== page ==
Due to the COVID-19 pandemic, how patients are managed has changed dramatically and more change is expected for practicing urologists. Telehealth platforms are rapidly evolving to allow for sharing of diagnostic imaging and interactive education about disease process and treatment options, according to experts who spoke at a session entitled “Re-imagining Our Independent Urology Practices: What’s the New Normal?” at the Large Urology Group Practice Association (LUGPA) 2021 annual meeting.

“Not all follow-up care needs to be done in person. Telepathology has enormous potential for remote testing of urinary and even finger stick blood samples, which can be sent to our labs via commercial parcel companies,” said panelist Thomas Rechtschaffen MD, a urologist with Advanced Urology Centers of New York, a division of Integrated Medical Professionals PLLC, New York, New York.

He added, “I have been advocating in Washington DC on behalf of the AUA for deregulation of telehealth legislation to allow for its expansion and broader access. The regulatory waivers implemented at the start of the pandemic were the proverbial crack in the door we’ve been asking for and has allowed Medicare to reimburse for telehealth services.”

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In addition, clinicians should examine all the options for home testing to diagnose patients, Dr Rechtschaffen said. There are steps urologists can take to reduce the likelihood of emergency department visits or inpatient post-operative stays. Currently, many patients are still fearful of going to the hospital during infectious disease outbreaks.

The urology community has now seen what’s possible because of the pandemic. The new tools and modalities now being adopted, however, need to ensure that they benefit both physicians and patients, Dr Rechtschaffen said. “Challenge your notions about delivery of care and consider all the ways remote care can improve your career satisfaction, your employees’ productivity, your patients’ experience, and the efficiencies of your practices’ functionality,” he said.

“Adaptability, flexibility, and standardization within a practice is more important than ever,” said panelist Kim Ramsey, chief operating officer for Urology of Virginia. “It is an opportune time to change the ‘this is how we’ve always done it mentality.’”

Another panelist, urologist Neal Patel, MD, chief technology officer and Director of Robotic Surgery at the Advanced Urology Institute of Georgia in Atlanta, said for him “the new normal” of urology is 3-fold: further migration of more complex procedures like robotics and laparoscopy to the outpatient surgical setting, making hospitals true tertiary care centers; responding to nationwide staffing shortages with automation of both front and back office positions using robotic process automation (RPA) and new technology; and adopting collaborative platforms to allow instantaneous cross practice and cross position communication.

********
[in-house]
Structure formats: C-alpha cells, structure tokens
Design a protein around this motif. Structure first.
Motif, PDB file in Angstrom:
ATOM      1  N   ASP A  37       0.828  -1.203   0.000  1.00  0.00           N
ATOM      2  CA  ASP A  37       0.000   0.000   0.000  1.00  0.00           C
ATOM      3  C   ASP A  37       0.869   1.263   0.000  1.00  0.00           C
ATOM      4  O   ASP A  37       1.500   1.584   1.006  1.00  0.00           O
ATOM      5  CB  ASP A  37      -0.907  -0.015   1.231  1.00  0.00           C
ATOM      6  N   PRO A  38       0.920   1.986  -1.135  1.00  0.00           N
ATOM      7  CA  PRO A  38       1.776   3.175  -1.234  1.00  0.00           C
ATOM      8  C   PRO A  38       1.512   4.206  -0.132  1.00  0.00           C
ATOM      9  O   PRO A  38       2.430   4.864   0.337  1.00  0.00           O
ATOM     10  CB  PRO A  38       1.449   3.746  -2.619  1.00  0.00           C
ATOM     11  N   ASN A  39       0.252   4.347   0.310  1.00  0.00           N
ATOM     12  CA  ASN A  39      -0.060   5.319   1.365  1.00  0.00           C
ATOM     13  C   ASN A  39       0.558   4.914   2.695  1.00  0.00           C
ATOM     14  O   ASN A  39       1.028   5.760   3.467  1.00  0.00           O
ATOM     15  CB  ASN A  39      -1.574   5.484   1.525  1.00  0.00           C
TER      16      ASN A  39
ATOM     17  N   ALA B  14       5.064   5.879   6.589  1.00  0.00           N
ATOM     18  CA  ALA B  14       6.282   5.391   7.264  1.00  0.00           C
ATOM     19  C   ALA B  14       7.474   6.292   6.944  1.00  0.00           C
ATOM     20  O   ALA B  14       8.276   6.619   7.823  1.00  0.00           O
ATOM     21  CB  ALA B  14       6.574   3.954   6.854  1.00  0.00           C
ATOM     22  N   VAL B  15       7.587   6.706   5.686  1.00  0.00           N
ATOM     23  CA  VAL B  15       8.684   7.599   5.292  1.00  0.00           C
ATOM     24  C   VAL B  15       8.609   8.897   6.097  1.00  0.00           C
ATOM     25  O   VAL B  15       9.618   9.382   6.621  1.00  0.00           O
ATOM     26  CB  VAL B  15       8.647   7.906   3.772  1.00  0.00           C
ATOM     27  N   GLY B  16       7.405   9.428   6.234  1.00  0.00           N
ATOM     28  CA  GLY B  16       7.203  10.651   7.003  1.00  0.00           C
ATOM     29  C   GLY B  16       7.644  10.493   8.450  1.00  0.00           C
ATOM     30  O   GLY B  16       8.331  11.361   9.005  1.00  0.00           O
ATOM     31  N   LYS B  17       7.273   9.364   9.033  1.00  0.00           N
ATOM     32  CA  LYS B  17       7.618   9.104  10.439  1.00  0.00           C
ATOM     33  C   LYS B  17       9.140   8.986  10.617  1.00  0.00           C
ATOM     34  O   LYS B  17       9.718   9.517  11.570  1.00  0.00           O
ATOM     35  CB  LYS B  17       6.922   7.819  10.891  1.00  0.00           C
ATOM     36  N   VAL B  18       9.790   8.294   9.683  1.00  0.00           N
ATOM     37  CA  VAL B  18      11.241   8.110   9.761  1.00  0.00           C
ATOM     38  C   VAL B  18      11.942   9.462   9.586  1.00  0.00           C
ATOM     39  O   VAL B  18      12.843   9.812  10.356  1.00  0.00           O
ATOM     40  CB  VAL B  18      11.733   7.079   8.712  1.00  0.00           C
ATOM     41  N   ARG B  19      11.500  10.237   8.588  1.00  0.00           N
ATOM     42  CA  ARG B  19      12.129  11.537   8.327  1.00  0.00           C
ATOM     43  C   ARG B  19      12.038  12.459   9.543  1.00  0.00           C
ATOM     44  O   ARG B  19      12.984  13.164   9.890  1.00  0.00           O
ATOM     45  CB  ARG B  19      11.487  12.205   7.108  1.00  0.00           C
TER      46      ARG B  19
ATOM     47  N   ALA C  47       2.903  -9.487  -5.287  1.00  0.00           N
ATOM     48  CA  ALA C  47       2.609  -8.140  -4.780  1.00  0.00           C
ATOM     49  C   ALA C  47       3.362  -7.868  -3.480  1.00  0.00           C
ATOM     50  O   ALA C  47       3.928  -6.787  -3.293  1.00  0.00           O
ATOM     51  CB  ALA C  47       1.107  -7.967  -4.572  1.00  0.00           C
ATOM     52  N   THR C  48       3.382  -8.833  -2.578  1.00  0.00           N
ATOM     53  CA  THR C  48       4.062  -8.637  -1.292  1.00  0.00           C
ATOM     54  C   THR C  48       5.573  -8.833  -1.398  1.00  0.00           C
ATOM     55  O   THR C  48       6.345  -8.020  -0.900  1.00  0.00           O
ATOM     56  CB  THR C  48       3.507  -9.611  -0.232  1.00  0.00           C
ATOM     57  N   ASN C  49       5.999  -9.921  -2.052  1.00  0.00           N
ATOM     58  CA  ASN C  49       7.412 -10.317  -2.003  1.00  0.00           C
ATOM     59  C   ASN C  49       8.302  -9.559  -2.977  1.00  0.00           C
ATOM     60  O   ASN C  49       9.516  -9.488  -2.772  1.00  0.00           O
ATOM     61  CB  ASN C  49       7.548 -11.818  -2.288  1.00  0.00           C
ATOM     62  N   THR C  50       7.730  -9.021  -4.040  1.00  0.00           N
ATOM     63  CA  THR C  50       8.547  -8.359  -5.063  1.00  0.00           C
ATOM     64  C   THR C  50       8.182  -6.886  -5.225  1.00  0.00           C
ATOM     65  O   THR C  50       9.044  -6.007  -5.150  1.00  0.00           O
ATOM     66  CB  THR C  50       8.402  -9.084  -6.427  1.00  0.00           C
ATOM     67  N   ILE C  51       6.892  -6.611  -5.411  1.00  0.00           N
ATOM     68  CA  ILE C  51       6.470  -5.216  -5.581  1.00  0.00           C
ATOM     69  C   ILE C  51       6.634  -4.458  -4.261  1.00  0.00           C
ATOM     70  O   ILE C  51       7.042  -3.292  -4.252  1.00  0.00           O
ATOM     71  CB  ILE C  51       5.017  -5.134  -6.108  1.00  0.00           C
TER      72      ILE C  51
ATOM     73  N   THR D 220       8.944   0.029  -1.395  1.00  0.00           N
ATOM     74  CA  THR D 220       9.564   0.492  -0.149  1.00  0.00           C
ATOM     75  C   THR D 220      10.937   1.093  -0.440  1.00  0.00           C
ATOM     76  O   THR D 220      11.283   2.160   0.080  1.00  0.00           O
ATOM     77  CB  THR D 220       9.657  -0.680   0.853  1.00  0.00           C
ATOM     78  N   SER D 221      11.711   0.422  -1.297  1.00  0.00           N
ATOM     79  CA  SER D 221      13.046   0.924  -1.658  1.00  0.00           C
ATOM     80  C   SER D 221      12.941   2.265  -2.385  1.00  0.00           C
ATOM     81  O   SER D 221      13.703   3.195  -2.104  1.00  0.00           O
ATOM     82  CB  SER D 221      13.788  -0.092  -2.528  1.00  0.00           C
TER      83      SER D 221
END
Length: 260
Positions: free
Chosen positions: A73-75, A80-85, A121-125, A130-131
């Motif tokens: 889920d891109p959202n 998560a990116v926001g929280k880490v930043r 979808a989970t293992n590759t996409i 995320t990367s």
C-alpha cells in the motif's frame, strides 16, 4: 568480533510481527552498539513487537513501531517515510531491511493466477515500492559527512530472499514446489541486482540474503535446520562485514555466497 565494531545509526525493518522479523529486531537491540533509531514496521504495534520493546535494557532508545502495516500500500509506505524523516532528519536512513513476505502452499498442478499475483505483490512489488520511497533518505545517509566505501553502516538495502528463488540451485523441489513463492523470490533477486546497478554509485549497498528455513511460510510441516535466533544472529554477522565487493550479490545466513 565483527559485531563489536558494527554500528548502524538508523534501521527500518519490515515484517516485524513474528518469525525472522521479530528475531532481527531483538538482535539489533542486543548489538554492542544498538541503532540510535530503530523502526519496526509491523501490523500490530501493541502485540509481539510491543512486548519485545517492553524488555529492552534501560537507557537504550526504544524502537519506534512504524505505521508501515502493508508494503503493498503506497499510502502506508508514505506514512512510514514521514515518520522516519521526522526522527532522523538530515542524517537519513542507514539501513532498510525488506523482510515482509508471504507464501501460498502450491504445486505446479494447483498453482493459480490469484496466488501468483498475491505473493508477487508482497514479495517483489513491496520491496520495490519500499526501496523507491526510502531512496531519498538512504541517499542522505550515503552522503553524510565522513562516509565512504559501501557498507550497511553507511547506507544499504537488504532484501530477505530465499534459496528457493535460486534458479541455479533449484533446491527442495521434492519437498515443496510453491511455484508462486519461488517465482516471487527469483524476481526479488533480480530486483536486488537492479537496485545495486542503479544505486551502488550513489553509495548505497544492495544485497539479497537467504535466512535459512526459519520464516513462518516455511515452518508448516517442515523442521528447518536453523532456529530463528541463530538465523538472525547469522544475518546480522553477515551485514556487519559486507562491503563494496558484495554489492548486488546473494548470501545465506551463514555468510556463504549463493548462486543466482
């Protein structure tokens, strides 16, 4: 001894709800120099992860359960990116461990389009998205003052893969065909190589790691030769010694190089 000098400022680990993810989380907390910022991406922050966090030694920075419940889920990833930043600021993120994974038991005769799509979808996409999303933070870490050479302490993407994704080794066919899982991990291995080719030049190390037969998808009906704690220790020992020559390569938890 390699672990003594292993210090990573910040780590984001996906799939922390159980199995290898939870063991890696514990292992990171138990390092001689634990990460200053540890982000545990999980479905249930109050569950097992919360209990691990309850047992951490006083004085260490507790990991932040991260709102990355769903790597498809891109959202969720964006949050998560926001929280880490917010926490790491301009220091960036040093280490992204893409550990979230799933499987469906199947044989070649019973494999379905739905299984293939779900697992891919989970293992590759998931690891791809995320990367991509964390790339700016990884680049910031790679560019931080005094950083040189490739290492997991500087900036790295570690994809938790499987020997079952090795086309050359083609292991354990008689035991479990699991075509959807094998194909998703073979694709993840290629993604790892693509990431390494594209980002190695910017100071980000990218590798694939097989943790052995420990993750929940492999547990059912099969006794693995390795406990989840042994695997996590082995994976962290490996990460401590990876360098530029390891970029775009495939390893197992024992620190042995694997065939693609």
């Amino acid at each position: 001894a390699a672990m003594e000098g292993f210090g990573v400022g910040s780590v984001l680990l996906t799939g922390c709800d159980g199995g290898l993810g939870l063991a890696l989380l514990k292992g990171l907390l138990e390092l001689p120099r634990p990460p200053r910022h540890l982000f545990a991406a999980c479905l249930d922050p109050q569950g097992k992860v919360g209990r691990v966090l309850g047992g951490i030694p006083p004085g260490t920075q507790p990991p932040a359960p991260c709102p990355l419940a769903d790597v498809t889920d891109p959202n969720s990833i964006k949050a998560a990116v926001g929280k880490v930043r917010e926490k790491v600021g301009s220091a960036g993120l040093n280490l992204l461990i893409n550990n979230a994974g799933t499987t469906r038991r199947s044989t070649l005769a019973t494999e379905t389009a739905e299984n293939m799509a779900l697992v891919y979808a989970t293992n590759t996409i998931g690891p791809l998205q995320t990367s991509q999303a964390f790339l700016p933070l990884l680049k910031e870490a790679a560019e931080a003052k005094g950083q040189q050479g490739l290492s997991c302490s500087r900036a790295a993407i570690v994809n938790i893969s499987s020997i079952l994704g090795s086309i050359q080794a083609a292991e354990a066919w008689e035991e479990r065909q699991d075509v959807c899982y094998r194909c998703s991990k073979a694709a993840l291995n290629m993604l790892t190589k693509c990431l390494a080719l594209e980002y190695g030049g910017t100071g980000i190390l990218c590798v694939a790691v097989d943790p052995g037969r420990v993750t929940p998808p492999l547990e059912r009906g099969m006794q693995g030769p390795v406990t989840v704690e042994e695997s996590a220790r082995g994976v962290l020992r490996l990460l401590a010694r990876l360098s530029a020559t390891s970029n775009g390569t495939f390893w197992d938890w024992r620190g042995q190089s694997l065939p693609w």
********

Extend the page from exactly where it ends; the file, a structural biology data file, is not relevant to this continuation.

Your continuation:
“Some examples include our outpatient patient urologic robotic program which we established two years ago as the nation’s first non-hospital affiliated true outpatient program in a standalone ASC [ambulatory surgery center]. COVID enabled changes allowed this program to take off which aligned payor, patients and providers,” Dr Patel said.

RPA has allowed his team to develop a reliable automated workforce that allows the practice to have software working 24/7 all year round, mimicking human tasks in the EMR, practice administration, billing, medical records, and insurance portals. “This allows us to be less reliant on workforce staffing and talent acquisition costs and decrease practice overhead,” Dr Patel said.

His office experienced challenges in both indirect clinical and non-clinical staffing as a result of the pandemic, especially in the arena of positions that have a large amount of repetitive and mundane tasks. “COVID has created opportunities more than anything else,” Dr Patel said. “I’m a big believer that quickly and sometimes drastically adapting to major events like COVID results in interesting news processes and innovative technology adoptions.”

This new environment resulted in many providers looking at alternatives ways to run their business in the short-term, but Dr Patel said it also opened urologists’ eyes to the fact that these same changes could protect and optimize their practice long-term. “What worked before will not work in the future,” Dr Patel said. “Reimbursement for services will stay the same or decline while overhead continues to rise. We need to increase our reliance on automation and less on staffing.”